INVITING the Chief Justice of Pakistan to address a special committee of the Senate tasked with drafting reforms for speedy justice in the country was a welcome move that was always likely to generate goodwill between two of the three pillars of the state.
Chief Justice Anwar Zaheer Jamali also obliged by being candid about the shortcomings of the judiciary itself while being clear about the judicial domain needing to be respected by other institutions. Few would disagree that there is a crisis of justice in Pakistan.
Too few have access to courts and where there is access, the quality of justice provided is often unacceptable.
Also read: Laws worthless in absence of enforcement: CJ
The lack of formal justice at the grass-roots level has led to the continuation of a parallel, informal system of justice — with panchayats and jirgas handling as much as 80pc of disputes, according to the chief justice. That twofold crisis — too few are opting for the formal system and the few who do opt for it are served very poor quality of justice — is the one that affects the vast majority of the people.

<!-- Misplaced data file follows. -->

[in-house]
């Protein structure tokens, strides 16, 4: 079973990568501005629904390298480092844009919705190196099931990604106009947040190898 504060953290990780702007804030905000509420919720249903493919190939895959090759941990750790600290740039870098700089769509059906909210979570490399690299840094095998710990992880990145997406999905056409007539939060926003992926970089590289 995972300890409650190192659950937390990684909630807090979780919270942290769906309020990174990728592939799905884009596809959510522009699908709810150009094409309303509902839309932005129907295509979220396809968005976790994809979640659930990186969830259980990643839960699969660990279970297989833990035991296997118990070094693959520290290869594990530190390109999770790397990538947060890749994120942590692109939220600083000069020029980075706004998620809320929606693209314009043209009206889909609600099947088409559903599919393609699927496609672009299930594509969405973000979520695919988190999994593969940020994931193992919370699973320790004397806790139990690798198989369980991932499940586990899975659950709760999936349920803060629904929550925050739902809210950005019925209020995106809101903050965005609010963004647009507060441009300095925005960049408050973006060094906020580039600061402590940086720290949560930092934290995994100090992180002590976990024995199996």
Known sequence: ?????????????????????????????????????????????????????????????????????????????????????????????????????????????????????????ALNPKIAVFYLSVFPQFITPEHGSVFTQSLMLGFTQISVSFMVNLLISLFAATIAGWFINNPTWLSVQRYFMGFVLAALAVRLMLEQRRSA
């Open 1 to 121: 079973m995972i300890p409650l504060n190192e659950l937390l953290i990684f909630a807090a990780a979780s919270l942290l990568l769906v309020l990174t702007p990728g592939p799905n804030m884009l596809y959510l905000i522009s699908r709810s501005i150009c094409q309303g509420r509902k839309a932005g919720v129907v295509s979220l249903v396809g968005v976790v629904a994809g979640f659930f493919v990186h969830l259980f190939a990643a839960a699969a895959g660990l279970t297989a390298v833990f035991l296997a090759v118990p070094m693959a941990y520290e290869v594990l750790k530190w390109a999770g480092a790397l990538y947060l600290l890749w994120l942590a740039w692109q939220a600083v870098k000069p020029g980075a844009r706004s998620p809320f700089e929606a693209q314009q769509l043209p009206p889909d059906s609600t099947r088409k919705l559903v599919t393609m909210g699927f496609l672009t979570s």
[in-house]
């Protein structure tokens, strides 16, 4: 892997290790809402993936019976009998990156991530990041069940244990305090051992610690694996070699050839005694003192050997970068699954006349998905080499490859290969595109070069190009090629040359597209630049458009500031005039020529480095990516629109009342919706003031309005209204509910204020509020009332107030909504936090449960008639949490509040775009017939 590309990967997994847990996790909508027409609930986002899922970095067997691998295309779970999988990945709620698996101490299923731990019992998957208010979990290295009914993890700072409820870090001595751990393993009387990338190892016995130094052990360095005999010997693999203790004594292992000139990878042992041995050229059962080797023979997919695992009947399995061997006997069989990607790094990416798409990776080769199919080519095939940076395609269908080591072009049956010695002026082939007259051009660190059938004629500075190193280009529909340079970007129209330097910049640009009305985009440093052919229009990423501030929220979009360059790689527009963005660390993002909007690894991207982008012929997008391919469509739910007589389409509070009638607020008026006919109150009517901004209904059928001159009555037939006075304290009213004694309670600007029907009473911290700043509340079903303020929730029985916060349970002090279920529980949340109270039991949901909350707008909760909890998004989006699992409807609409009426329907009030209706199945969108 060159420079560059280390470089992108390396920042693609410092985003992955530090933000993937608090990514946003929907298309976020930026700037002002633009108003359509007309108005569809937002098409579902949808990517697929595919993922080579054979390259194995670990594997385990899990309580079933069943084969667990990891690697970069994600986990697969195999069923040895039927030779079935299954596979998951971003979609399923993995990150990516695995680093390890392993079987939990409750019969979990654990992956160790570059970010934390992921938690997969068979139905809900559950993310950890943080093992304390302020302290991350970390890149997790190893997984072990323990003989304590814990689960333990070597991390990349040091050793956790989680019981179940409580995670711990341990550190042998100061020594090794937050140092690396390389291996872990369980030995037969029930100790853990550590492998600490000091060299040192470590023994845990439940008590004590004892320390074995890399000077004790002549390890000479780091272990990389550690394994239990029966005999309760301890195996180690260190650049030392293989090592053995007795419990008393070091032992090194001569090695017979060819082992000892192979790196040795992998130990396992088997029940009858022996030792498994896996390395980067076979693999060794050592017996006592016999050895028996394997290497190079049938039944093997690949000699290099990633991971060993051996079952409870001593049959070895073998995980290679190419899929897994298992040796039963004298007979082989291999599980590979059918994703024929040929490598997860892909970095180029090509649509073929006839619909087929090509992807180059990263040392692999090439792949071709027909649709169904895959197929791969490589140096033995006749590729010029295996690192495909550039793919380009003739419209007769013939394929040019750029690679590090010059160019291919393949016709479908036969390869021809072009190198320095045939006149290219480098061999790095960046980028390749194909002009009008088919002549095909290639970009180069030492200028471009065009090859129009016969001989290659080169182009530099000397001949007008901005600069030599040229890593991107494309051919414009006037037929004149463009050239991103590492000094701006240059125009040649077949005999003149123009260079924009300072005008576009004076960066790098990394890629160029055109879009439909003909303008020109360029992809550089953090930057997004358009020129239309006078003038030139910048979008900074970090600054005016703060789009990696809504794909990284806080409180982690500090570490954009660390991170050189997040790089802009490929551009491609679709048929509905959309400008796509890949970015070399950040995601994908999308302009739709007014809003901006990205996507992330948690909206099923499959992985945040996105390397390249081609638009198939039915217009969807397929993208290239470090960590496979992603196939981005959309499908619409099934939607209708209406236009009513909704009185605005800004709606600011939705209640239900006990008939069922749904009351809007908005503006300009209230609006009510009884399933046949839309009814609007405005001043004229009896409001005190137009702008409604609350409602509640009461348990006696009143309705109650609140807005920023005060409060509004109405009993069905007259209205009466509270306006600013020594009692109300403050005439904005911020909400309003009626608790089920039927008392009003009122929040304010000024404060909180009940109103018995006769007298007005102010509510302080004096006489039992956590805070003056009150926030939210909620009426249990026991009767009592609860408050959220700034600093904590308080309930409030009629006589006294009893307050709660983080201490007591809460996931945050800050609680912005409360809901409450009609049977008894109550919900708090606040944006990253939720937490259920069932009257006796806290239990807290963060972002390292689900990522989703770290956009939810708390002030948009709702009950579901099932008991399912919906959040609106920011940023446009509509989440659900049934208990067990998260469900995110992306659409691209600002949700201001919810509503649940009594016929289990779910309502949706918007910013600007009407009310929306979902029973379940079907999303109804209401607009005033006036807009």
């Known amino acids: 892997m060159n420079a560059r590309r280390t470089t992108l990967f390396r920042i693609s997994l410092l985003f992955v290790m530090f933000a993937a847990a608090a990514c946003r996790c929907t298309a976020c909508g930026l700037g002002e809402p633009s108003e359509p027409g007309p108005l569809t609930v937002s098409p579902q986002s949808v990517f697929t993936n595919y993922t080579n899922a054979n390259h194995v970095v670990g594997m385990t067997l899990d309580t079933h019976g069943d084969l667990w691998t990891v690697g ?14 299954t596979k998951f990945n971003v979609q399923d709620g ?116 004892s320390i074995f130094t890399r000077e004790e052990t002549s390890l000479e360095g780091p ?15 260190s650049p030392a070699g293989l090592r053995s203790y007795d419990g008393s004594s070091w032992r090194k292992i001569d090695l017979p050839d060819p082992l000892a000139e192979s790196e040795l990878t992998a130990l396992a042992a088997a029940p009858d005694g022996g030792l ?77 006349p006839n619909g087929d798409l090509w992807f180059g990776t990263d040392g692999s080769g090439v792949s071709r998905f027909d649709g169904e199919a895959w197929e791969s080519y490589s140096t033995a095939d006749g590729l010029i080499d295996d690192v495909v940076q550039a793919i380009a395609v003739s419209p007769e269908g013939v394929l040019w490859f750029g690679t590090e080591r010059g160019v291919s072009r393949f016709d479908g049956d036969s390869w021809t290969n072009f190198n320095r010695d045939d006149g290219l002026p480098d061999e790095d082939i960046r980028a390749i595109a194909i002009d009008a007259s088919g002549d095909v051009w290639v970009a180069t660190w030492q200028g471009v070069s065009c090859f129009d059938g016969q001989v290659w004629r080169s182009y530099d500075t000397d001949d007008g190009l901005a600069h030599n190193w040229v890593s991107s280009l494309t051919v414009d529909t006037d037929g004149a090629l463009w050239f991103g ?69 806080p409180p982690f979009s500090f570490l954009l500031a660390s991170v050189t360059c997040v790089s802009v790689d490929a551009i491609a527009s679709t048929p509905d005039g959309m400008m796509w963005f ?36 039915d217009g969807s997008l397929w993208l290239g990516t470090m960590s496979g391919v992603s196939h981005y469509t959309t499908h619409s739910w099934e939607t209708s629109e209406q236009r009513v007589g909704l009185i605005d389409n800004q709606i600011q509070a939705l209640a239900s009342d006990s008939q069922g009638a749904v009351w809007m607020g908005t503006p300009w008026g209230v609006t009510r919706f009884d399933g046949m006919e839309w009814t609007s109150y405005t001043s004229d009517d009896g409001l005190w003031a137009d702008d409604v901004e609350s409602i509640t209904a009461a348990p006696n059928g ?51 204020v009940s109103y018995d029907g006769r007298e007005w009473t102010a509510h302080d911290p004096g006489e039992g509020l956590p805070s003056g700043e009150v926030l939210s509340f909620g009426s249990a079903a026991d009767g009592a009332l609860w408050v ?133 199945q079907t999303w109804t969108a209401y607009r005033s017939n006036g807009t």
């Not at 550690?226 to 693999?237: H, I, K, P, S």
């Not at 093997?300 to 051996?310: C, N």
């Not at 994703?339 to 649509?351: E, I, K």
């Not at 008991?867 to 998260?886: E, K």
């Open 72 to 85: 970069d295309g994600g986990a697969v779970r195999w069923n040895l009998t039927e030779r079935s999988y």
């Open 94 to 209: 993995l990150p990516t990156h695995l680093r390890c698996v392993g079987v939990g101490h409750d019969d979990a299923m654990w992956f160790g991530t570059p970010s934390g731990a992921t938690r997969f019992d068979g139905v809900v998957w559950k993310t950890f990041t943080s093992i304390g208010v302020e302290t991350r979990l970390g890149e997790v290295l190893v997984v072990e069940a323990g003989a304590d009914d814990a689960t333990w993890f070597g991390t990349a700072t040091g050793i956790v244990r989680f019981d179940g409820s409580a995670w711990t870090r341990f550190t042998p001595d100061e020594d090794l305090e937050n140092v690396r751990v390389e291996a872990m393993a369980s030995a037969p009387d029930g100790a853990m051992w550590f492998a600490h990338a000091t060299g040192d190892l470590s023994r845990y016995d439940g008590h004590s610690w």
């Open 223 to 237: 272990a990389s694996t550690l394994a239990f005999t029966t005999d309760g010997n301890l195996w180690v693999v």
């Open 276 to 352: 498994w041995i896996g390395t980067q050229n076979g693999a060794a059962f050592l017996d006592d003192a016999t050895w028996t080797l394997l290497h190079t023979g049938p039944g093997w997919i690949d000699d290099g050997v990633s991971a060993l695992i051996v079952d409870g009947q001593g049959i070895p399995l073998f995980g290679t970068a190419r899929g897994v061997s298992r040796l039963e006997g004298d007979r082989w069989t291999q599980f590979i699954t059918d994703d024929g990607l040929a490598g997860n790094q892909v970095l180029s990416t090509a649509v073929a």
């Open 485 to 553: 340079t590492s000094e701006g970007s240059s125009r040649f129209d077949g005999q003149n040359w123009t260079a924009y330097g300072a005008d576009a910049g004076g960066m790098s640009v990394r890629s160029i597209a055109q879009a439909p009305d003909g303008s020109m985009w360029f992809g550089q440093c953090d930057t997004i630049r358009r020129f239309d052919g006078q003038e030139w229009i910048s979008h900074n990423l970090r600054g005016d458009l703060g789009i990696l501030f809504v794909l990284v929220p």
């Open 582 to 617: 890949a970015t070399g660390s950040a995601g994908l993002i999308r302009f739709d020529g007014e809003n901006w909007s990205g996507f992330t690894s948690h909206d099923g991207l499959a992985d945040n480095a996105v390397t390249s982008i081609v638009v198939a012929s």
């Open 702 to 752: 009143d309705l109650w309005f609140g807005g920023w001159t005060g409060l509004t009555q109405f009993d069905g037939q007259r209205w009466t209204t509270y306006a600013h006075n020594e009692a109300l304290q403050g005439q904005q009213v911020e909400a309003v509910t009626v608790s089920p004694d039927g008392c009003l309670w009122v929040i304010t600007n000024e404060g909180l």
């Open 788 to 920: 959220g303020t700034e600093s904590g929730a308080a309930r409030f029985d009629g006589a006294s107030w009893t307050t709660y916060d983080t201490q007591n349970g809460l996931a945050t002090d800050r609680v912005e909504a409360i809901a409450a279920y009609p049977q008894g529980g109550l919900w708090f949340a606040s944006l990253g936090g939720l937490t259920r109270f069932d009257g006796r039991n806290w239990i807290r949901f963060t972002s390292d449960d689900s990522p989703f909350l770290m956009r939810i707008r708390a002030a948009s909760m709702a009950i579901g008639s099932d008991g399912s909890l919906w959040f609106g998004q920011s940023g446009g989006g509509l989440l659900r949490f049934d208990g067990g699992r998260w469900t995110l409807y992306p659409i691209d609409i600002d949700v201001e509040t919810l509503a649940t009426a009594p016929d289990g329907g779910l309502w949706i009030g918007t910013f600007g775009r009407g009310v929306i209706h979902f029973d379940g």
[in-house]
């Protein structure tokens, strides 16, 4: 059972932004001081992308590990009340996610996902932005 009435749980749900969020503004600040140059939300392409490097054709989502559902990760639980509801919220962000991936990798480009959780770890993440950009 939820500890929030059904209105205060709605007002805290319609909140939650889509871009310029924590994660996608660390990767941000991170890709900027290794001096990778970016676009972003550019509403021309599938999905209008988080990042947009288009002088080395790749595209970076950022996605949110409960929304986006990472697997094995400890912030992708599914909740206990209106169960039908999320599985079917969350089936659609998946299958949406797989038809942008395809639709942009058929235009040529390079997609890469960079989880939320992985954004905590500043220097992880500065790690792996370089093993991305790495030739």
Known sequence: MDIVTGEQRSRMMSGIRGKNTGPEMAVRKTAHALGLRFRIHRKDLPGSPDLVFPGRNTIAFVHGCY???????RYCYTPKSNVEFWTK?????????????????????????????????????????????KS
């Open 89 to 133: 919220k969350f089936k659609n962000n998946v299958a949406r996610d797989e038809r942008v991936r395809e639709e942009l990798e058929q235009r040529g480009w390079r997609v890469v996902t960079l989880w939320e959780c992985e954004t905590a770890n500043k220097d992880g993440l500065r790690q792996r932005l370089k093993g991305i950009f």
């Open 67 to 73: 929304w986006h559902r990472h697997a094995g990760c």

Resolving that crisis though would require a fundamental shift in attitudes — and a raft of reforms worked out in cooperation with the judiciary. However, on neither front is there much urgency or seriousness of purpose.
Consider that while Chairman of the Senate Raza Rabbani has made it a priority to reach out to the judiciary and to foster dialogue between institutions, parliament itself has no real legislative agenda. That is primarily the fault of the federal government, with the PML-N having a majority in the National Assembly. But it is also the listlessness of the opposition parties that is part of the problem.
In the Senate, Mr Rabbani’s enthusiasm aside, there are few senators from any of the major parties who are pressing for legal reforms — applauding a speech by a chief justice does not constitute meaningful input.
The real test of parliamentary resolve is steady and methodical work towards a set of reforms — something akin to the 18th Amendment process shepherded by Mr Rabbani, though in a more transparent manner.
The other aspect is the substance of the reforms themselves — while most agree that the judicial system is broken, the speeches by Mr Rabbani and Chief Justice Jamali on Tuesday indicated a significant gap between the two institutions of what the reforms should be.
For example, the introduction of a scheduling order for trials, as suggested by Mr Rabbani, could curb delays and keep trials streamlined and on track, but the chief justice appeared uncomfortable with the idea and ascribed blame for delays to other issues.
Ultimately, parliament must legislate and the judiciary must implement — but if it happens in a manner where one or the other institution is resistant to the fundamentals of the proposed changes, the attempted reforms could prove counterproductive.
Published in Dawn, November 5th, 2015